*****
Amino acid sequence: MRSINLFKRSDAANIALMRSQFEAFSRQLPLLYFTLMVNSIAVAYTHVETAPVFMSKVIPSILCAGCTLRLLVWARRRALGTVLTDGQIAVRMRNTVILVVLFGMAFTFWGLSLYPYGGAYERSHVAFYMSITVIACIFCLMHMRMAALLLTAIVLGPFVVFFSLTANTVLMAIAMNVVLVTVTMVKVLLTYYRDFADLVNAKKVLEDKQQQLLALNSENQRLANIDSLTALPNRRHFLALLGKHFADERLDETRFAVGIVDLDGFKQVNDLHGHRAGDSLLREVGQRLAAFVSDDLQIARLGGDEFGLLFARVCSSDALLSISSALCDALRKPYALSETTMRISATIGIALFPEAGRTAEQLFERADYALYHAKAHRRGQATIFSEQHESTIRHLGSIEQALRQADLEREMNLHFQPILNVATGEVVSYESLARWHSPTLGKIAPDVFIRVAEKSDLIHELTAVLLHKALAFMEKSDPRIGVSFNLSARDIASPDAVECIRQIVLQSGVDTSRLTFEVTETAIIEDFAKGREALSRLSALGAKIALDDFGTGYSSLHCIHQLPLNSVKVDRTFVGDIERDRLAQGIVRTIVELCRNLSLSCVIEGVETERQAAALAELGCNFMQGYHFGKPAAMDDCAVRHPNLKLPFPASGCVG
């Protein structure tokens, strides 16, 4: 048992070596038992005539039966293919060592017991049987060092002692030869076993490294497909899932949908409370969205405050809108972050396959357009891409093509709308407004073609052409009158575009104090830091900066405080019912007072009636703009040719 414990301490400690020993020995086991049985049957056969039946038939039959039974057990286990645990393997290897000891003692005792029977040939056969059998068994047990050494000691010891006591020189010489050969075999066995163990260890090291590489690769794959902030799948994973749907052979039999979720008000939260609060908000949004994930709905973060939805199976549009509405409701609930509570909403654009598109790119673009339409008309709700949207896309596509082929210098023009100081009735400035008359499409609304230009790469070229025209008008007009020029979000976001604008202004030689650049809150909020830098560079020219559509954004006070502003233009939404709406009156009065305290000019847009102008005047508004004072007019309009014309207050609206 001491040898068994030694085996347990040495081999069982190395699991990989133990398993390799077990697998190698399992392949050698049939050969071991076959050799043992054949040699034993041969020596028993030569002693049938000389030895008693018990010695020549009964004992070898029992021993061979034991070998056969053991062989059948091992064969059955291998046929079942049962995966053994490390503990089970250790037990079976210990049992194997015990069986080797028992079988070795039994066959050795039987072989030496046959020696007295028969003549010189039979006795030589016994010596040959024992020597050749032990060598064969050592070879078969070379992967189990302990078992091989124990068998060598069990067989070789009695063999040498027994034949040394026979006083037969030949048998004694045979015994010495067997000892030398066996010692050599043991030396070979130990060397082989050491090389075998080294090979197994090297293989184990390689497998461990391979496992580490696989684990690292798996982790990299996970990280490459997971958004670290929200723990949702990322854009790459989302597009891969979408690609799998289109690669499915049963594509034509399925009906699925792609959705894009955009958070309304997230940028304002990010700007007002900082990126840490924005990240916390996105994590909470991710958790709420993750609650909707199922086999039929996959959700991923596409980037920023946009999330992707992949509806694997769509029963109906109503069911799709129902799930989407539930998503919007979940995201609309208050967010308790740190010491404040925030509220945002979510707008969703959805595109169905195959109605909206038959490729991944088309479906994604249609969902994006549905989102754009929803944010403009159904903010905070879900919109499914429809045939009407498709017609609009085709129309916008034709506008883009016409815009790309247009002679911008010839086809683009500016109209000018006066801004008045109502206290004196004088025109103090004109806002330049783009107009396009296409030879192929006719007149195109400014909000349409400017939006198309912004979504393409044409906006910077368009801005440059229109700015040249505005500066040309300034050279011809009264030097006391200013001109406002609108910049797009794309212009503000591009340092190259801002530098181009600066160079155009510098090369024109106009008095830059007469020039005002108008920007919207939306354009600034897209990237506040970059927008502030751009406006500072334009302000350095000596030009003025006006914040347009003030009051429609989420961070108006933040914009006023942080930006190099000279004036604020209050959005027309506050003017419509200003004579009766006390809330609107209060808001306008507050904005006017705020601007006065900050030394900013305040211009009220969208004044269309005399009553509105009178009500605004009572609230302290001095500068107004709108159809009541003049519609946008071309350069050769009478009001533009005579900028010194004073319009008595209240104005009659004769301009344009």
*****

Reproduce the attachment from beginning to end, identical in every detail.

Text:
Amino acid sequence: MRSINLFKRSDAANIALMRSQFEAFSRQLPLLYFTLMVNSIAVAYTHVETAPVFMSKVIPSILCAGCTLRLLVWARRRALGTVLTDGQIAVRMRNTVILVVLFGMAFTFWGLSLYPYGGAYERSHVAFYMSITVIACIFCLMHMRMAALLLTAIVLGPFVVFFSLTANTVLMAIAMNVVLVTVTMVKVLLTYYRDFADLVNAKKVLEDKQQQLLALNSENQRLANIDSLTALPNRRHFLALLGKHFADERLDETRFAVGIVDLDGFKQVNDLHGHRAGDSLLREVGQRLAAFVSDDLQIARLGGDEFGLLFARVCSSDALLSISSALCDALRKPYALSETTMRISATIGIALFPEAGRTAEQLFERADYALYHAKAHRRGQATIFSEQHESTIRHLGSIEQALRQADLEREMNLHFQPILNVATGEVVSYESLARWHSPTLGKIAPDVFIRVAEKSDLIHELTAVLLHKALAFMEKSDPRIGVSFNLSARDIASPDAVECIRQIVLQSGVDTSRLTFEVTETAIIEDFAKGREALSRLSALGAKIALDDFGTGYSSLHCIHQLPLNSVKVDRTFVGDIERDRLAQGIVRTIVELCRNLSLSCVIEGVETERQAAALAELGCNFMQGYHFGKPAAMDDCAVRHPNLKLPFPASGCVG
């Protein structure tokens, strides 16, 4: 048992070596038992005539039966293919060592017991049987060092002692030869076993490294497909899932949908409370969205405050809108972050396959357009891409093509709308407004073609052409009158575009104090830091900066405080019912007072009636703009040719 414990301490400690020993020995086991049985049957056969039946038939039959039974057990286990645990393997290897000891003692005792029977040939056969059998068994047990050494000691010891006591020189010489050969075999066995163990260890090291590489690769794959902030799948994973749907052979039999979720008000939260609060908000949004994930709905973060939805199976549009509405409701609930509570909403654009598109790119673009339409008309709700949207896309596509082929210098023009100081009735400035008359499409609304230009790469070229025209008008007009020029979000976001604008202004030689650049809150909020830098560079020219559509954004006070502003233009939404709406009156009065305290000019847009102008005047508004004072007019309009014309207050609206 001491040898068994030694085996347990040495081999069982190395699991990989133990398993390799077990697998190698399992392949050698049939050969071991076959050799043992054949040699034993041969020596028993030569002693049938000389030895008693018990010695020549009964004992070898029992021993061979034991070998056969053991062989059948091992064969059955291998046929079942049962995966053994490390503990089970250790037990079976210990049992194997015990069986080797028992079988070795039994066959050795039987072989030496046959020696007295028969003549010189039979006795030589016994010596040959024992020597050749032990060598064969050592070879078969070379992967189990302990078992091989124990068998060598069990067989070789009695063999040498027994034949040394026979006083037969030949048998004694045979015994010495067997000892030398066996010692050599043991030396070979130990060397082989050491090389075998080294090979197994090297293989184990390689497998461990391979496992580490696989684990690292798996982790990299996970990280490459997971958004670290929200723990949702990322854009790459989302597009891969979408690609799998289109690669499915049963594509034509399925009906699925792609959705894009955009958070309304997230940028304002990010700007007002900082990126840490924005990240916390996105994590909470991710958790709420993750609650909707199922086999039929996959959700991923596409980037920023946009999330992707992949509806694997769509029963109906109503069911799709129902799930989407539930998503919007979940995201609309208050967010308790740190010491404040925030509220945002979510707008969703959805595109169905195959109605909206038959490729991944088309479906994604249609969902994006549905989102754009929803944010403009159904903010905070879900919109499914429809045939009407498709017609609009085709129309916008034709506008883009016409815009790309247009002679911008010839086809683009500016109209000018006066801004008045109502206290004196004088025109103090004109806002330049783009107009396009296409030879192929006719007149195109400014909000349409400017939006198309912004979504393409044409906006910077368009801005440059229109700015040249505005500066040309300034050279011809009264030097006391200013001109406002609108910049797009794309212009503000591009340092190259801002530098181009600066160079155009510098090369024109106009008095830059007469020039005002108008920007919207939306354009600034897209990237506040970059927008502030751009406006500072334009302000350095000596030009003025006006914040347009003030009051429609989420961070108006933040914009006023942080930006190099000279004036604020209050959005027309506050003017419509200003004579009766006390809330609107209060808001306008507050904005006017705020601007006065900050030394900013305040211009009220969208004044269309005399009553509105009178009500605004009572609230302290001095500068107004709108159809009541003049519609946008071309350069050769009478009001533009005579900028010194004073319009008595209240104005009659004769301009344009």